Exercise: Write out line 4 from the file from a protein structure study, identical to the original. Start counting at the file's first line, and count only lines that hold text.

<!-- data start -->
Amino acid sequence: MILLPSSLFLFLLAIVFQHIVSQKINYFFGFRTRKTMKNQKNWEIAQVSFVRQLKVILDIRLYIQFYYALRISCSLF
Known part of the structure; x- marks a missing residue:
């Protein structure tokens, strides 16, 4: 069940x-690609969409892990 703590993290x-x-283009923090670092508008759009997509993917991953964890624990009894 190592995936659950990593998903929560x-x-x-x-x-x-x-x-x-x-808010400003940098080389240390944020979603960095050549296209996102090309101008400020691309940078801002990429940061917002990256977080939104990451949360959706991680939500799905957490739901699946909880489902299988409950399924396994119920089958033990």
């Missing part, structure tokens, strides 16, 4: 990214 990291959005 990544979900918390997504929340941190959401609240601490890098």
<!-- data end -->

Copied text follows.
């Missing part, structure tokens, strides 16, 4: 990214 990291959005 990544979900918390997504929340941190959401609240601490890098």